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Sun 31-Aug-2003 14:18
More from this writer..
The Squinting Eye
His Team Won ... But The Headgear Was Lost
Even shoes have been casualties of match-going.
That marvellous chronicler of the warmly human eccentricities of Irish sporting life, Con Houlihan, once described a dishevelled man returning home to Kerry on the Monday after the All Ireland football final. His wife, with resigned good humour, tells a neighbour of the bloodshot eyes and shaky state of her husband.
“And he lost his cap as well,”
she says, as if this fact was of some significance.
Losing a cap was regarded as a sure indication that the man had celebrated Kerry’s victory with too much abandon. There was also a certain measure of indignity about arriving home capless. And cost was involved too. In those days money was scarce and a cap not easily replaced.
There was once a faithful Tipperary hurling follower from near Thurles who earned the name the nickname Michael ‘Lost Cap’ Ryan. He had an extraordinary ability to lose caps going to matches. A small, dark faced man, he always went by train to games. He spent most of his working days in the open air working on a farm and he felt uncomfortable sitting within the confines of carriages. As a result he always preferred to actually stand at the end of the carriage where he could pull down the door window and breath in the fresh air as well as drinking bottles of stout by the neck.
He always wore a cap clamped on his head, as he was a bit self-conscious about his bald skull, with wisps of black hair pasted across it. His problem was that he was frequently overcome by a sudden and powerful impulse to put his head out the window, especially after a few bottles. As sure as he did so his cap was pulled off by the bellowing slipstream of the train bowling along through the countryside.
“Jaysus, the same thing happened the last time,”
he would say with downcast annoyance as he pulled in his head, with the strands of hair blown up like a lapwing’s crest.
However, his regular misfortunes resulted in some local fame. And, when a new menswear shop opened in the town of Thurles, the owner, who had a flair for publicity, offered to replace his missing caps. There was a photograph on the front page of
The Tipperary Star
of the two of them, each wearing a cap and holding a cap in either hand. The heading read ‘If the cap fits, wear it. If you lose it, get another.’ And indeed the shop-owner made good his promise on several occasions.
It all added to Lost Cap’s renown and some time later he was actually bequeathed two caps in the will of a good neighbour who had also been a regular match-goer.
Other parts of the country can boast of similar legendary cases. One of the best known instances concerns a man who lives in Enniscorthy. Some years ago he arrived back home on the Sunday evening of a Leinster hurling final evening minus his shoes!
He had lifted himself wearily onto the special train at Connolly station in Dublin after the match. Worn out from shouting in vain for Wexford, he plopped into a seat. It had been a hot day. He had brand new shoes but he had not worn them in and they were a bit tight. It was a hot day and they were like furnaces on his weary feet. He slipped them off, unnoticed by anyone and then fell into a deep sleep of forgetfulness.
Suddenly he was woken up. The train was stopped at Enniscorthy station and most people alighting there had actually got off. He jumped up, grabbed his jacket and leapt out of the carriage just before the train took off. Only when the train had disappeared from view did he sense that something was missing. He felt for his wallet in his back pocket. It was there. Then a friend said you him with a laugh.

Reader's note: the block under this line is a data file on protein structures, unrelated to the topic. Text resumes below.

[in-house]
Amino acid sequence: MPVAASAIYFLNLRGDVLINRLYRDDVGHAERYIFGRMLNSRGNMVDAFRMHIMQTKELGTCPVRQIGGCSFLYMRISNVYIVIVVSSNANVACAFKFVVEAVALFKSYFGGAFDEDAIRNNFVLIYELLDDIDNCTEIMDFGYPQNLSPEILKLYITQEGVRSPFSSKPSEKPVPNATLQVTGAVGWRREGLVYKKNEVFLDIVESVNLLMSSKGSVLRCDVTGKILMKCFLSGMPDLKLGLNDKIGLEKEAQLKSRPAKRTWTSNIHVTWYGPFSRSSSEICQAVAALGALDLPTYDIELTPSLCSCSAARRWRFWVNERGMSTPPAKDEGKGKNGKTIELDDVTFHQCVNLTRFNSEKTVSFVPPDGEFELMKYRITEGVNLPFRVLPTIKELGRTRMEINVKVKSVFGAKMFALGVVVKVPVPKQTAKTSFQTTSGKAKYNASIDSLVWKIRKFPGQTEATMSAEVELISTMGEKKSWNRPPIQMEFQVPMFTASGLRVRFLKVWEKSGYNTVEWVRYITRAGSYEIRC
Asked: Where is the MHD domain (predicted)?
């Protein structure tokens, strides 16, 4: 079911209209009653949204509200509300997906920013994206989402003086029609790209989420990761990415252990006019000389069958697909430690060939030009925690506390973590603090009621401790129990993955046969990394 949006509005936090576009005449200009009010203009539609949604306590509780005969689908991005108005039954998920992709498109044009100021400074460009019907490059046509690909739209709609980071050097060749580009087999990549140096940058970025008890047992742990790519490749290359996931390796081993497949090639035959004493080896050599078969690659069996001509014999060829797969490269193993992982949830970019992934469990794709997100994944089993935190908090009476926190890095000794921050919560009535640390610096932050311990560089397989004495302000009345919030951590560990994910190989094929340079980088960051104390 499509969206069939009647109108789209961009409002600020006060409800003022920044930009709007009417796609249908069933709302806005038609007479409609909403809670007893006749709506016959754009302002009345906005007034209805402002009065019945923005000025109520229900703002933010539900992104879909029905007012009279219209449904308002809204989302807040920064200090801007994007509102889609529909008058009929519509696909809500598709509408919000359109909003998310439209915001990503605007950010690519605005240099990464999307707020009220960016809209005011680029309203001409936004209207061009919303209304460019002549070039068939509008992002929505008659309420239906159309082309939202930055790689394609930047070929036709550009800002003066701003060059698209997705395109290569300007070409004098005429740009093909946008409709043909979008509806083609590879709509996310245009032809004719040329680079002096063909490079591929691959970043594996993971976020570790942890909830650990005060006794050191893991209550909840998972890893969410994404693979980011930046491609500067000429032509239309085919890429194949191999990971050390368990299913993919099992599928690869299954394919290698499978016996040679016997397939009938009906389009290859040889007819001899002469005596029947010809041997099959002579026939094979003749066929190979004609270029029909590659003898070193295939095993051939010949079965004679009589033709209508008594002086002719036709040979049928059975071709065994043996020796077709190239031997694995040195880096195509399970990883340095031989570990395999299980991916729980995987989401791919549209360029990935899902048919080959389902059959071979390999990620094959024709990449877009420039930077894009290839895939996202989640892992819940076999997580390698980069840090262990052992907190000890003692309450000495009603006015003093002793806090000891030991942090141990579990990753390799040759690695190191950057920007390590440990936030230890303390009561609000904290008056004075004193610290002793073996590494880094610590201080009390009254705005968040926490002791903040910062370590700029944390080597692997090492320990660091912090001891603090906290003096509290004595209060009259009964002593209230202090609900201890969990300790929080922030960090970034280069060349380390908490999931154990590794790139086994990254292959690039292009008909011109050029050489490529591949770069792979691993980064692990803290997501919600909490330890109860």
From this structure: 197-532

“I’ve heard of people losing their shirts on Wexford but never losing their shoes.”
It was then that he looked down and saw on his feet a pair of multicoloured socks that had been a somewhat unwelcome Christmas present from the mother-in-law. The man was in something of a dilemma.
Siopa na mBróg
and the other shoe shops in the town were closed and he could think of nobody from whom he could borrow a pair to find his way to his home near Belfield.
Strange as it may seem, bad citizenship was the source of his salvation. After he crossed the bridge over the Slaney he found himself on that little pedestrian island with its luxurious array of flowers spilling over the edges of their wide bowls, of which the citizens of Enniscorthy are so proud. Believe it or not, among the bright red nasturtiums and the lovely yellow and orange French marigolds a pair of old sandals had been wantonly discarded, despite a capacious waste bin nearby.
Our man seized them quickly and put them on. It became clear, of course, that they had been thrown away because the ankle strap of one was broken and the sole of the other had come loose. But they were better than going about in his garish socks. He came flapping into his house like a flat-footed goose..
His wife was astounded.
“What in God’s name happened to your fine pair of new shoes?”
“I gave them away to a deserving person,”
he said with an assumed flippancy.
“An act of Christian charity.”
“You look like someone in need of charity with those old yokes on your feet”
Actually, next day he telephoned the railway stations in both Wexford and Rosslare to enquire if his shoes might have been found and handed up. They had not. However, the station master in Wexford assured him that they now were most likely being put to good use - on the feet of some worthy strutting round the town or leaving their prints on Rosslare strand as their new owner enjoyed a stroll by the waves.
‘We talk just like lions, but we sacrifice like lambs…’.
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